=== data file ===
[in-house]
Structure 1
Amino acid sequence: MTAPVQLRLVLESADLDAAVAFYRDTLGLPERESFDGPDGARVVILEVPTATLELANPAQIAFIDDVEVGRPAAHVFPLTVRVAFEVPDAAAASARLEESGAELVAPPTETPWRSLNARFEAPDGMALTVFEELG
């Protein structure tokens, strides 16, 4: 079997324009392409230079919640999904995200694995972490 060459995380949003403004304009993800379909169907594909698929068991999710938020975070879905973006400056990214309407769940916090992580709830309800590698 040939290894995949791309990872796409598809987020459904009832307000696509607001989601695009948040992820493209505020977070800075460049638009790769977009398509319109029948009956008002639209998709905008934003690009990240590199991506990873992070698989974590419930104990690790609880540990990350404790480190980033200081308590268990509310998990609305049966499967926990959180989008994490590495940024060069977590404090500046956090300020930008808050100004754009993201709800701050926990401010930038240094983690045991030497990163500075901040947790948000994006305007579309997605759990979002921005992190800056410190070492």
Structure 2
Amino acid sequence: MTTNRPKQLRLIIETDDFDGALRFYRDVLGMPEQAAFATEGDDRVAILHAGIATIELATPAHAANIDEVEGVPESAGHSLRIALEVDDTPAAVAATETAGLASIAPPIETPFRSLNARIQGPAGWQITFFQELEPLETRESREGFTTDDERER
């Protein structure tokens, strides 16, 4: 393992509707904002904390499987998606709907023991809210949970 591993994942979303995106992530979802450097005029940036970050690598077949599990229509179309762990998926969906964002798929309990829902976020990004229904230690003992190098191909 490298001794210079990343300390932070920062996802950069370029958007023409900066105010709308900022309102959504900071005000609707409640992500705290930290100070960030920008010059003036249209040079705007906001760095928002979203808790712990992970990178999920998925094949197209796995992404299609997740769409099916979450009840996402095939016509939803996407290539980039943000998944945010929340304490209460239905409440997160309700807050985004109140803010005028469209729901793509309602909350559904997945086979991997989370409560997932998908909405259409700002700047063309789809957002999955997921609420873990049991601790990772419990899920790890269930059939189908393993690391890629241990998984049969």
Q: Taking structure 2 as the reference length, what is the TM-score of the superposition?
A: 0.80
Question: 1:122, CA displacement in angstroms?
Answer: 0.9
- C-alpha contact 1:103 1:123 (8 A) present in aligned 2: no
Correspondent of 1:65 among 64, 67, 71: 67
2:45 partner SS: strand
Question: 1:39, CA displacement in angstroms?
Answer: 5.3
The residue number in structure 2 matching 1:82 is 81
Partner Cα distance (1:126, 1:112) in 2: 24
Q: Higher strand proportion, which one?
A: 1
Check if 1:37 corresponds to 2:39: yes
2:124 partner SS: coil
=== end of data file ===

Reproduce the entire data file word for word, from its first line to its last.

[in-house]
Structure 1
Amino acid sequence: MTAPVQLRLVLESADLDAAVAFYRDTLGLPERESFDGPDGARVVILEVPTATLELANPAQIAFIDDVEVGRPAAHVFPLTVRVAFEVPDAAAASARLEESGAELVAPPTETPWRSLNARFEAPDGMALTVFEELG
């Protein structure tokens, strides 16, 4: 079997324009392409230079919640999904995200694995972490 060459995380949003403004304009993800379909169907594909698929068991999710938020975070879905973006400056990214309407769940916090992580709830309800590698 040939290894995949791309990872796409598809987020459904009832307000696509607001989601695009948040992820493209505020977070800075460049638009790769977009398509319109029948009956008002639209998709905008934003690009990240590199991506990873992070698989974590419930104990690790609880540990990350404790480190980033200081308590268990509310998990609305049966499967926990959180989008994490590495940024060069977590404090500046956090300020930008808050100004754009993201709800701050926990401010930038240094983690045991030497990163500075901040947790948000994006305007579309997605759990979002921005992190800056410190070492």
Structure 2
Amino acid sequence: MTTNRPKQLRLIIETDDFDGALRFYRDVLGMPEQAAFATEGDDRVAILHAGIATIELATPAHAANIDEVEGVPESAGHSLRIALEVDDTPAAVAATETAGLASIAPPIETPFRSLNARIQGPAGWQITFFQELEPLETRESREGFTTDDERER
């Protein structure tokens, strides 16, 4: 393992509707904002904390499987998606709907023991809210949970 591993994942979303995106992530979802450097005029940036970050690598077949599990229509179309762990998926969906964002798929309990829902976020990004229904230690003992190098191909 490298001794210079990343300390932070920062996802950069370029958007023409900066105010709308900022309102959504900071005000609707409640992500705290930290100070960030920008010059003036249209040079705007906001760095928002979203808790712990992970990178999920998925094949197209796995992404299609997740769409099916979450009840996402095939016509939803996407290539980039943000998944945010929340304490209460239905409440997160309700807050985004109140803010005028469209729901793509309602909350559904997945086979991997989370409560997932998908909405259409700002700047063309789809957002999955997921609420873990049991601790990772419990899920790890269930059939189908393993690391890629241990998984049969």
Q: Taking structure 2 as the reference length, what is the TM-score of the superposition?
A: 0.80
Question: 1:122, CA displacement in angstroms?
Answer: 0.9
- C-alpha contact 1:103 1:123 (8 A) present in aligned 2: no
Correspondent of 1:65 among 64, 67, 71: 67
2:45 partner SS: strand
Question: 1:39, CA displacement in angstroms?
Answer: 5.3
The residue number in structure 2 matching 1:82 is 81
Partner Cα distance (1:126, 1:112) in 2: 24
Q: Higher strand proportion, which one?
A: 1
Check if 1:37 corresponds to 2:39: yes
2:124 partner SS: coil